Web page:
to the work injury. Section 413(a), 77 P.S. § 772.... However, the Act provides an exception in the event that the claimant's disability benefits have been suspended due to a return to work without wage loss, in which case the claimant has 500 weeks from the date that the total disability benefits were initially suspended. Section 306(b), 77 P.S. § 512; Cytemps.
Here, there is no dispute that Claimant received his last payment of disability benefits related to the 1999 injury on August 1, 1999, and his initial suspension of those benefits began on August 2, 1999. Therefore, if those benefits were suspended for any reason other than a return to work without wage loss, he had to file his reinstatement petition within three years of August 1, 1999, which ended on August 1, 2002. If those benefits were suspended based on a return to work without wage loss, he had 500 weeks from August 2, 1999 to file that Petition, which ended on March 2, 2009. Claimant filed the present Reinstatement Petition on September 29, 2010, which is outside both the three-year and 500-week periods.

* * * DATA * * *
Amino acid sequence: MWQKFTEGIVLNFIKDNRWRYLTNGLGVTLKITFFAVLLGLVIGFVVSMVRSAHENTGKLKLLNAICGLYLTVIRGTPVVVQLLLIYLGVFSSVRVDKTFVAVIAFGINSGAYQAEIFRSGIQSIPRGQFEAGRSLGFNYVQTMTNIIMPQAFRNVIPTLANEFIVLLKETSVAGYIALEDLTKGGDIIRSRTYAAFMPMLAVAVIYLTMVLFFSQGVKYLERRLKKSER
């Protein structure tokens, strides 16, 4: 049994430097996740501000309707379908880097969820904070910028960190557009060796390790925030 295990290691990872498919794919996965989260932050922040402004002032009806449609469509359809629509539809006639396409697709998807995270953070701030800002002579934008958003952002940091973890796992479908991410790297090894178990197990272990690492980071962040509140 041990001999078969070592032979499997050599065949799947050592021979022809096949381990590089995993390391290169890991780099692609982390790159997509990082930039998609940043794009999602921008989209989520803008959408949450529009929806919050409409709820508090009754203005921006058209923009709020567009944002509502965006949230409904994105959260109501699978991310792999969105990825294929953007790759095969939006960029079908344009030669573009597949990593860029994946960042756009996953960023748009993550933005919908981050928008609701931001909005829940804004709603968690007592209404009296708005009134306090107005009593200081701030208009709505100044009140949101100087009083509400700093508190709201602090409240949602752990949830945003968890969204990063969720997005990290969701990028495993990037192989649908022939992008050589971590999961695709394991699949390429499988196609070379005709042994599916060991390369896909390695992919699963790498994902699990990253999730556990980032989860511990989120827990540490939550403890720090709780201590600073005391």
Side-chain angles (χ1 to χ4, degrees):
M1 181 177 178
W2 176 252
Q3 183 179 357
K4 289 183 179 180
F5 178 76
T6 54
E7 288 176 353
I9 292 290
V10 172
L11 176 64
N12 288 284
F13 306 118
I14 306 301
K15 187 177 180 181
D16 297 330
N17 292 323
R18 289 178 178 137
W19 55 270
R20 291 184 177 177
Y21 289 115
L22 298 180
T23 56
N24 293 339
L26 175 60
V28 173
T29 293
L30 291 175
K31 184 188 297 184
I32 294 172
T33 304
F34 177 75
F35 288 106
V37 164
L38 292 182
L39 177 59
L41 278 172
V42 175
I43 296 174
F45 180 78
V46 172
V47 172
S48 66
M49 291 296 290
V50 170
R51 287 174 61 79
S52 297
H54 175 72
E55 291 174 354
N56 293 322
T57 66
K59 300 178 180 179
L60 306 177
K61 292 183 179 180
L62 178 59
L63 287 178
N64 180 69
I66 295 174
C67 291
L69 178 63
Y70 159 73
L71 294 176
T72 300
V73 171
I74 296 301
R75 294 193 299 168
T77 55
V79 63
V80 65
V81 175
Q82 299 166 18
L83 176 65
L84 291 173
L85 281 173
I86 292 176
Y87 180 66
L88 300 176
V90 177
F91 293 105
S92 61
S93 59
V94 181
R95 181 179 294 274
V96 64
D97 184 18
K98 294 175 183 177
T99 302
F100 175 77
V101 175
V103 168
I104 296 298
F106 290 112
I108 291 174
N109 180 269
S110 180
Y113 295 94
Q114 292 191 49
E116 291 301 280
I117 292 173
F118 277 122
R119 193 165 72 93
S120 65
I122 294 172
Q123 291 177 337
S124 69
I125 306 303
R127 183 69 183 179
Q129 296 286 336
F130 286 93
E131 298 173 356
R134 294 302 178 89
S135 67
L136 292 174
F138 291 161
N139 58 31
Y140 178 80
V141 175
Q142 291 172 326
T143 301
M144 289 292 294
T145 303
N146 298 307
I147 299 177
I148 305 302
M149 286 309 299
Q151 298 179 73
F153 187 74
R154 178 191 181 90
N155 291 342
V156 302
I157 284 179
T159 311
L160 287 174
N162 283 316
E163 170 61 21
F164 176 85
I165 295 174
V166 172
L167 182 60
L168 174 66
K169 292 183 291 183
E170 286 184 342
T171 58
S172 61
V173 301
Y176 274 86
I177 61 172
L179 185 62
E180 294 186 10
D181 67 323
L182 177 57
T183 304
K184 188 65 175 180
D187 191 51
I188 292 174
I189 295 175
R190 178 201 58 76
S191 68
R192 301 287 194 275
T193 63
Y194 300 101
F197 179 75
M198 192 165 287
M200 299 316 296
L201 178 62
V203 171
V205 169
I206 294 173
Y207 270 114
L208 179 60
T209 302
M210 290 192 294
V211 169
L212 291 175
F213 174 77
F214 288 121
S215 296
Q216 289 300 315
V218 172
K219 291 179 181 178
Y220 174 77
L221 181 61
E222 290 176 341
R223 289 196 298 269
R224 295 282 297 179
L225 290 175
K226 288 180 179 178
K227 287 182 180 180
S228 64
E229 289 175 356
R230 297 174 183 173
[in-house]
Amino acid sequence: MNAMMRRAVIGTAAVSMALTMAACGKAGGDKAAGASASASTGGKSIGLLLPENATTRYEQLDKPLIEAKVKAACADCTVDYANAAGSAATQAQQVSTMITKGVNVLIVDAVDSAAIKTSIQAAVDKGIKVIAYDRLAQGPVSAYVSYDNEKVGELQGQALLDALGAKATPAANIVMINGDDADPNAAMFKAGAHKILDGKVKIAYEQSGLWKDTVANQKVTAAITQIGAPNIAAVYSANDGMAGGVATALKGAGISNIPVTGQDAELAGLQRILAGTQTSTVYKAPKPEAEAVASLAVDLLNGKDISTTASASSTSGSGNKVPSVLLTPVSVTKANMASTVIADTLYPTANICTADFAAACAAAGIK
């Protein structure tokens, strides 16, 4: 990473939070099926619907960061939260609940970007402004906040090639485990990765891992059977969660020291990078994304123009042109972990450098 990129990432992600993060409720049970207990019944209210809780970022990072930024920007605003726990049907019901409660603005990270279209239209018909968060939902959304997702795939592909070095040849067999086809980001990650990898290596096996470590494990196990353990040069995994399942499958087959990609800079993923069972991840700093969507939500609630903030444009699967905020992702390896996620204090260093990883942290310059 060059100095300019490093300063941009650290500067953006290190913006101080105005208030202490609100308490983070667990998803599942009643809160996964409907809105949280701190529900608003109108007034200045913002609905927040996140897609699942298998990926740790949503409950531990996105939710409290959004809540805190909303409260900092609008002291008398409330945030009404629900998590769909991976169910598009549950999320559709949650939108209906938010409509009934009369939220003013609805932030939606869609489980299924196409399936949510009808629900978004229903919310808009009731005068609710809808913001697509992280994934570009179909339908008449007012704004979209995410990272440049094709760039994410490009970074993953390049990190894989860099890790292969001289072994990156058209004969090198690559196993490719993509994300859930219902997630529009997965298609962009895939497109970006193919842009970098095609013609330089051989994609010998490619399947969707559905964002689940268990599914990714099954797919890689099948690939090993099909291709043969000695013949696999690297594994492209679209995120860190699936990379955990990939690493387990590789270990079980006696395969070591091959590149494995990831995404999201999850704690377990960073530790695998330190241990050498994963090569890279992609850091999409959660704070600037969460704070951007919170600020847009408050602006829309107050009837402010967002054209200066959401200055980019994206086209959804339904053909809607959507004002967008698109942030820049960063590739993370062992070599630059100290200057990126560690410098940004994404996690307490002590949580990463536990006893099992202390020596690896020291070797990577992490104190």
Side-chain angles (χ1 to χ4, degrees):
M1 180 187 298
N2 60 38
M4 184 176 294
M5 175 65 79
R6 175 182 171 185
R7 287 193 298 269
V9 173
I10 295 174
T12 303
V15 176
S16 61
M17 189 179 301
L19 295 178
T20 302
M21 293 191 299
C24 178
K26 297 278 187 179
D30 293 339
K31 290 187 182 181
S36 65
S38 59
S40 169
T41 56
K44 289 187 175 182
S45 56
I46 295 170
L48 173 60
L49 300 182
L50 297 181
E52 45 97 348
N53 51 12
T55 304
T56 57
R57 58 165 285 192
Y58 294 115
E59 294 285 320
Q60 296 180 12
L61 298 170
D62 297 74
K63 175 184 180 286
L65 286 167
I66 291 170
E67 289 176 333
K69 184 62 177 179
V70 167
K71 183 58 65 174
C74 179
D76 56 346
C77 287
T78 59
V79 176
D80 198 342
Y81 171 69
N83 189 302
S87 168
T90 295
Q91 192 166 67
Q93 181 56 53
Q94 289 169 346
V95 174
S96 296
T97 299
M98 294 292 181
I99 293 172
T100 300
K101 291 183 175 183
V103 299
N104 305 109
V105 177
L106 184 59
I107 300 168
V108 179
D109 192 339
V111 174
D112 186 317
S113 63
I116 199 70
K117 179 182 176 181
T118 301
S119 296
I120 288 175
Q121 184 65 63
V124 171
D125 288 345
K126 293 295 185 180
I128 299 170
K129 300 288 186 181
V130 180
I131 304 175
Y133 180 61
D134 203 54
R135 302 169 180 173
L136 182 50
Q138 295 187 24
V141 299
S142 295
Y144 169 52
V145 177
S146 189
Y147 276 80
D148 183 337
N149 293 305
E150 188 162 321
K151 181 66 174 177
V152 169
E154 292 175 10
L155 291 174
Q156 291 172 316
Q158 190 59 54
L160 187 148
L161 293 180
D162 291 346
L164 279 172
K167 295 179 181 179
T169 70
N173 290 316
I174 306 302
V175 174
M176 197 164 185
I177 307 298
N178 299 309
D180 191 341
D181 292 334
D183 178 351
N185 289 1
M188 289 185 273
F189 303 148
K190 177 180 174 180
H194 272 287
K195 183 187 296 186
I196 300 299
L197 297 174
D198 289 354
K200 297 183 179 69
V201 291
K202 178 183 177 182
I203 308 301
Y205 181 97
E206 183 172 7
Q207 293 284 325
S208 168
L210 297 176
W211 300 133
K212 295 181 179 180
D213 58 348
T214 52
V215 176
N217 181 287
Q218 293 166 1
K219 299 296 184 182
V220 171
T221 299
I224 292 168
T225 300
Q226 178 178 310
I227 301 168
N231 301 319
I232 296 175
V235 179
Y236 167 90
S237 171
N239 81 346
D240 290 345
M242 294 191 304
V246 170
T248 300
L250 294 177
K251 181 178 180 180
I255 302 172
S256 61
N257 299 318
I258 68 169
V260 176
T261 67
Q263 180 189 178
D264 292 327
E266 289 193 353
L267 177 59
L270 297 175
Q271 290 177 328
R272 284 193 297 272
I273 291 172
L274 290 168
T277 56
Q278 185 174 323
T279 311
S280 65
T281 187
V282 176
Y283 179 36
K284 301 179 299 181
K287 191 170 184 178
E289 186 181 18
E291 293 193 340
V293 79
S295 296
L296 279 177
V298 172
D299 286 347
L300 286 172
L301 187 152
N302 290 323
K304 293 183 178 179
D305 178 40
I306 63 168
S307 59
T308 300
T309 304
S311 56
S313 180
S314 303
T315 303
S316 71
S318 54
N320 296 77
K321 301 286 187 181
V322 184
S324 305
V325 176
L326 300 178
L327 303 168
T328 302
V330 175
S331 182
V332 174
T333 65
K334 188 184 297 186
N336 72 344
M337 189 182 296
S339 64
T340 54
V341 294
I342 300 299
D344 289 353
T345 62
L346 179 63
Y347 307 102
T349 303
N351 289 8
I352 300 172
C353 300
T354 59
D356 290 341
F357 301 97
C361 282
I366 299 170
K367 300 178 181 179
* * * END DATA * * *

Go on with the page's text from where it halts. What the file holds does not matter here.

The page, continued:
Consequently, the only way that Claimant's Reinstatement Petition would not be time barred by Section 413(a) is if neither the three-year or the 500-week periods applied or if one of those periods were somehow tolled by the fact that Claimant's disability benefits related to the 1999 injury should have been suspended based solely on his receipt of disability benefits for the 1995 injury rather than based on his initial return to work without wage loss on August 2, 1999. We cannot conclude either that the ongoing suspension of Claimant's disability benefits for the 1995 injury, or that the Act provides for any tolling of the time limits provided in Section 413(a) under the present circumstances.

Board's Decision, June 18, 2013, at 5-6. (Emphasis added.)

I would affirm the Order of the Board.